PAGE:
Ben Navarro, founder of Meeting Street Academy, served as the keynote speaker at the November Daniel Island Speaker Series event (the series is sponsored in part by the Daniel Island Rotary Club). Ben shared with the audience his philosophy on tackling what can easily be described as unequal educational opportunities. One of his main points was that simply because a student is born into poverty, doesn’t preclude that student’s ability to learn.
A group of seven Daniel Island Rotarians gathered on the morning of Oct. 30 to clean up the Commemorative Park on Daniel Island. In addition to cleaning off the bricks, the six benches were also re-stained by the group. Pictured left to right are Rotarians Bob Wood, Bill Thielfoldt, Jim Morrill, Chip Law, Fred Klare, Bill Stevens and Joe Delpino.
The Rotary Club was honored to have Amy Barch, founder of the Turning Leaf Project based in North Charleston, speak to the group on Oct. 17. The Turning Leaf Project is an organization dedicated to serve men who have been formerly incarcerated to change their attitudes, thinking and behavior so that they can complete probation and stay out of prison.
On Oct. 24, the club hosted its first annual Chili Cook-Off at Pierce Park Pavilion on Daniel Island. “It was great fellowship, a great cause (all money saved from our regular Wednesday morning meeting went to Polio Plus), and great Chili!” stated Rotarian Derek Epperson.
At the Daniel Island Rotary Club’s October 3 meeting, club members listened attentively to a very sobering yet passionate presentation from Jason Sandoval, agent-in-charge of the Charleston office of the Drug Enforcement Agency (DEA). According to Sandoval, the country, our state, and our community are experiencing a drug crisis. “And we’re not talking about drugs being purchased in a seedy alley or on a dark street corner, but often times they’re in our own medicine cabinets…prescription opioids,” stated Rotarian Derek Epperson. To put things in perspective, 58,220 Americans died during the multi-decade conflict that was the Vietnam War, continued Epperson. “Approximately 72,000 Americans died from drug overdoses in 2017 alone,” he added. “There were nearly 3000 individuals that perished on 9/11. Today we are experiencing a 9/11 every 17 days due to heroin/prescription drug overdoses.” In other data shared by Rotary after the presentation, Charleston County reportedly has an overdose death rate 178 percen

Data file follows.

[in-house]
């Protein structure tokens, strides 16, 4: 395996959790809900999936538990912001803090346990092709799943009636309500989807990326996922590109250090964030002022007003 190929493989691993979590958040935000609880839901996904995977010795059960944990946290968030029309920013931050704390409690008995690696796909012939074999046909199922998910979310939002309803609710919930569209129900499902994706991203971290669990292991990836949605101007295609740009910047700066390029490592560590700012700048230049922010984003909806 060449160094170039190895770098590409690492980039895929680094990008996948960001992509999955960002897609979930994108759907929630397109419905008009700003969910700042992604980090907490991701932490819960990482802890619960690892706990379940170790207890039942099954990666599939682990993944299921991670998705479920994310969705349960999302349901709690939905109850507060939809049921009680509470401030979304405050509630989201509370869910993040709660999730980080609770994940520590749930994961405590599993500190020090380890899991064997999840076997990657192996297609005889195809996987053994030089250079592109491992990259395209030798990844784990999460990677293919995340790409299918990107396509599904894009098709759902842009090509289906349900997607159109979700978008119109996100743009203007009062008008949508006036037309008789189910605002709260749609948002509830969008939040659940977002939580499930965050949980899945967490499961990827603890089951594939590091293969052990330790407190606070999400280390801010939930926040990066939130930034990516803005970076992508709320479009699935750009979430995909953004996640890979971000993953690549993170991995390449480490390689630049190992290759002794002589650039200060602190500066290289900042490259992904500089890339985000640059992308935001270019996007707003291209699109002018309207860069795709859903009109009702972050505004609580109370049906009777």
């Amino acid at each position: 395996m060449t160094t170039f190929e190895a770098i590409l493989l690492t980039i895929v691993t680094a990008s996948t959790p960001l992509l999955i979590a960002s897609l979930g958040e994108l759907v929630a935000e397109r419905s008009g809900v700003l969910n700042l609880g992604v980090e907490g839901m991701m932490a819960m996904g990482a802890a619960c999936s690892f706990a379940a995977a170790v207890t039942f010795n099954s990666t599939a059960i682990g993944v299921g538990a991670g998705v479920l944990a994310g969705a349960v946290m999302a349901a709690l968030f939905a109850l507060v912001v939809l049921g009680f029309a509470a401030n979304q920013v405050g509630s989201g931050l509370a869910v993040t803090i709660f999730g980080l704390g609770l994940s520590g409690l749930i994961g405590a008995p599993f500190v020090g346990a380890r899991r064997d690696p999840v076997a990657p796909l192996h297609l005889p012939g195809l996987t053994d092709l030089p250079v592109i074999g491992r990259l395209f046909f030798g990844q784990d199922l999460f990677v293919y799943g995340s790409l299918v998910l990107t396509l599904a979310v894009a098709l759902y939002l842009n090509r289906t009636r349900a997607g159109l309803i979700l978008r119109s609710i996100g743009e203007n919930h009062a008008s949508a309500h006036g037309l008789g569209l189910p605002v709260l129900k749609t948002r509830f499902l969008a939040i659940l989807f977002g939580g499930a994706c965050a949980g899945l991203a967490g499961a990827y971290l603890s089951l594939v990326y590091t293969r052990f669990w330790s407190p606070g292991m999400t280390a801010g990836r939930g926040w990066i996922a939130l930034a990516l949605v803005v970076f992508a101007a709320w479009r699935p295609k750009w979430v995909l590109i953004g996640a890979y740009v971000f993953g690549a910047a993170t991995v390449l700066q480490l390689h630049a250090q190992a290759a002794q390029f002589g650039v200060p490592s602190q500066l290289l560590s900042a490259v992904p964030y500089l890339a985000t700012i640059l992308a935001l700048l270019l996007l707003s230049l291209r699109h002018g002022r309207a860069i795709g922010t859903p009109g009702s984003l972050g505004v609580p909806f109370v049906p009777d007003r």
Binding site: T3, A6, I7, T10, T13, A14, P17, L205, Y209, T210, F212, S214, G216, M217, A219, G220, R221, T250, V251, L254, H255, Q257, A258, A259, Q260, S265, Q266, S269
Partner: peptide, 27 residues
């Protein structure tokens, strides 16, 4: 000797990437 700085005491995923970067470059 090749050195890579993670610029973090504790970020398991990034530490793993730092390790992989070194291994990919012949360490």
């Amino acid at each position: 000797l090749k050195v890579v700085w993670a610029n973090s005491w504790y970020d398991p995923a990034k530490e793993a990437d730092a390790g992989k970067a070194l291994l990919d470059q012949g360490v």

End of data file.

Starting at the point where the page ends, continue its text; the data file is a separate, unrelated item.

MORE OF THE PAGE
Dr. Mary Thornley, president of Trident Technical College, paid the Daniel Island Rotary Club a visit on Oct. 31. She first shared with the group her appreciation for the club’s contribution of $30,000 to the Trident Tech Apprenticeship Program. She also provided more detailed information about the program, along with its goals and the future impact to the kids and our growing region. Finally, she spoke about the new $80 million Global Aeronautics Center that is being built on TTC’s campus. Dr. Thornley explained how this building will be a catalyst to help students pursuing careers at both Boeing and Volvo.
Hundreds of local kids have a new resource to help them in the classroom, thanks to the generosity of the Daniel Island Rotary Club. Approximately 225 new dictionaries were recently delivered by the club to third graders at three local schools – Daniel Island School, Philip Simmons Elementary School and Cainhoy Elementary School.
At the club’s Nov. 14 meeting, Rotarians had the opportunity to wrap up 100 blankets in gift bags that were delivered to recipients utilizing East Cooper Meals on Wheels. Rotarian Billie Bacon organized the event and rounded up the blankets!
Daniel Island Rotarians helped provide Thanksgiving meals to multiple families in need in the Cainhoy community last week. The group delivered 165 turkeys and all the trimmings to the Balwin Carson Community Outreach Center in Huger on Nov. 20. The club extended “special thanks to Publix of Daniel Island for donating the food and to club member Cecil Mills for organizing the drive.”